Israel fashions a bomber of its own

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Since last December, 14-year-old Ahmad Abdul Haq from Nablus has been sleeping in his mother’s lap. Three months ago, he experienced the worst day of his life – a day of horror that would have terrified any child. Ahmad was forced to play the role of the hero in a story fabricated by Israeli intelligence – a story he was certain would end in his death, at the hands of Israeli soldiers.

It all started on the afternoon of December 25. A group of Israeli soldiers came to the boy’s house as he sat alone in his bedroom doing homework. The doorbell rang loudly and Ahmad could hear the stomping of heavy boots outside. When he went to the window, he was shocked and horrified to find a large group of soldiers attempting to break into his home.

Ahmad couldn’t move. He sat there motionless, not knowing what to do. But the Israeli military unit did not wait for someone inside to answer, and hastily broke open the outer door to the apartment complex.

Frightened, Ahmad quickly moved to open the door to his family’s apartment, only to find that the soldiers had already arrived. The soldiers greeted him with kicks, and some beat him with the butts of their guns. One soldier, his face covered with a black mask, shouted in Arabic, “Are you Ahmad Abdel Haq?” In a shaky voice, the boy answered feebly, “Yes, I am Ahmad.” The soldiers then pushed him to the ground, tied his hands and began searching the house.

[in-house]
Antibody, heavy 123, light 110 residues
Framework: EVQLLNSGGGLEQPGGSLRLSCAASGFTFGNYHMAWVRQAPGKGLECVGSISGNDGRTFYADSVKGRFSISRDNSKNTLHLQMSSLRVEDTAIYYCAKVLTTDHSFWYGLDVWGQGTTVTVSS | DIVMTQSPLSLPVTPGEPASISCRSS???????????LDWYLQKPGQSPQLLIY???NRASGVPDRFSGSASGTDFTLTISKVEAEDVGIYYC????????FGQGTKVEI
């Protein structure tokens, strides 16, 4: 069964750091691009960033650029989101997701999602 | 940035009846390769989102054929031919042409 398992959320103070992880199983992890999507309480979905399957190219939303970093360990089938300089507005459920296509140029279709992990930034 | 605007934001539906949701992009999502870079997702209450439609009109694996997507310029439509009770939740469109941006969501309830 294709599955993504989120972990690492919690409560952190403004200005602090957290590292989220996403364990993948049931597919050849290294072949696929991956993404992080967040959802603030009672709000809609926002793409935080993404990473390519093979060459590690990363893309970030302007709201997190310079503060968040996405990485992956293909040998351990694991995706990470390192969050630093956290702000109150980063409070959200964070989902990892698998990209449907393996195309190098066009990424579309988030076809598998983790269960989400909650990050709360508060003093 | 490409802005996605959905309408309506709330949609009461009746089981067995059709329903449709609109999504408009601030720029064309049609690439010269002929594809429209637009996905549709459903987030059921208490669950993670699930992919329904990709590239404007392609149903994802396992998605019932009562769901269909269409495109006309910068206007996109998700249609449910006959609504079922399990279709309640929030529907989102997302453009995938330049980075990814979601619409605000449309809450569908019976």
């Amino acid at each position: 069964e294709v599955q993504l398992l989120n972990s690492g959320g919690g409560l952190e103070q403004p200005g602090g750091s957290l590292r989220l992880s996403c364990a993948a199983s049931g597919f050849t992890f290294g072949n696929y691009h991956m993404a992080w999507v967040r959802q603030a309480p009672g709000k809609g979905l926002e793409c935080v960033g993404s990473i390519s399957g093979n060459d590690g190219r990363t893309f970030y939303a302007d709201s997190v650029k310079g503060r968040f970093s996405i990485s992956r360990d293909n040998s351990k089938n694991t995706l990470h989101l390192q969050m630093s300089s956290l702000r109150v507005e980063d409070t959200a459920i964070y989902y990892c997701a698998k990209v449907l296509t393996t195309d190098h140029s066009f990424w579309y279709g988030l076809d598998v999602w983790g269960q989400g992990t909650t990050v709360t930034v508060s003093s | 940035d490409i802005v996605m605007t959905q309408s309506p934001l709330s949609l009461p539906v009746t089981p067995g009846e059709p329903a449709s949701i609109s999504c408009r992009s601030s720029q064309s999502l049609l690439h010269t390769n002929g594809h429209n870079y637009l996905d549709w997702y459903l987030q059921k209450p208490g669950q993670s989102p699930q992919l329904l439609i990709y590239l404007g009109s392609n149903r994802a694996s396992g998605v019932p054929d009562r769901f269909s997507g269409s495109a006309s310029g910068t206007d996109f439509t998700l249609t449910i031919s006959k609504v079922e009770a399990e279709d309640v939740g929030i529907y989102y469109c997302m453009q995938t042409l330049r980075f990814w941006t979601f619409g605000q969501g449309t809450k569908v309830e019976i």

The soldiers had already accomplished the first part of their operation – they had caught the “wanted” child on their list. Next, they took him into one of the apartment’s inner rooms and began preparing a skit, the second part of their operation.

Ahmad tells of how, under gunpoint, the Israeli soldiers forced him to play the role of a Palestinian suicide bomber. “They ordered me to sit on a chair behind a table,” the boy recounts. “All the soldiers stood around me. One of them hung a Palestinian flag behind me and another came in with a gun. A third brought in a hand grenade.” Ahmad says the soldiers then emptied the bullets from the rifle’s magazine and placed it before him on the table. They then made the boy hold a copy of the Qur’an in his left hand.

Ahmad noticed that one of the soldiers was taking pictures of him from different angles. But he was so scared that he was unable to mutter a single word, and carried out every order he was given in silence. He was commanded to play the role of a worshipper, praying in front of the video camera. A soldier gave him a paper written in Hebrew to pretend to read from as if it were his last will. “Oh, you suicide bomber, you want to carry out an operation, huh?” laughed the soldiers, taunting the frightened boy before the camera.

At the end of the performance, soldiers declared Ahmad “accused.” And at that point, it was impossible for him to escape their conspiracy. Six hours after the soldiers had broken into his house, the officer in command led Ahmad to an armored vehicle, which terrified the young teenager even more. “I didn’t know where they were taking me,” he says. “I was scared that they would take me to the Hawara camp or somewhere like that.”

But Ahmad suddenly remembered his final winning card. Gathering up his remaining courage, the boy yelled in a loud voice to the soldiers riding with him, “I am an American citizen. My American passport is in the house.”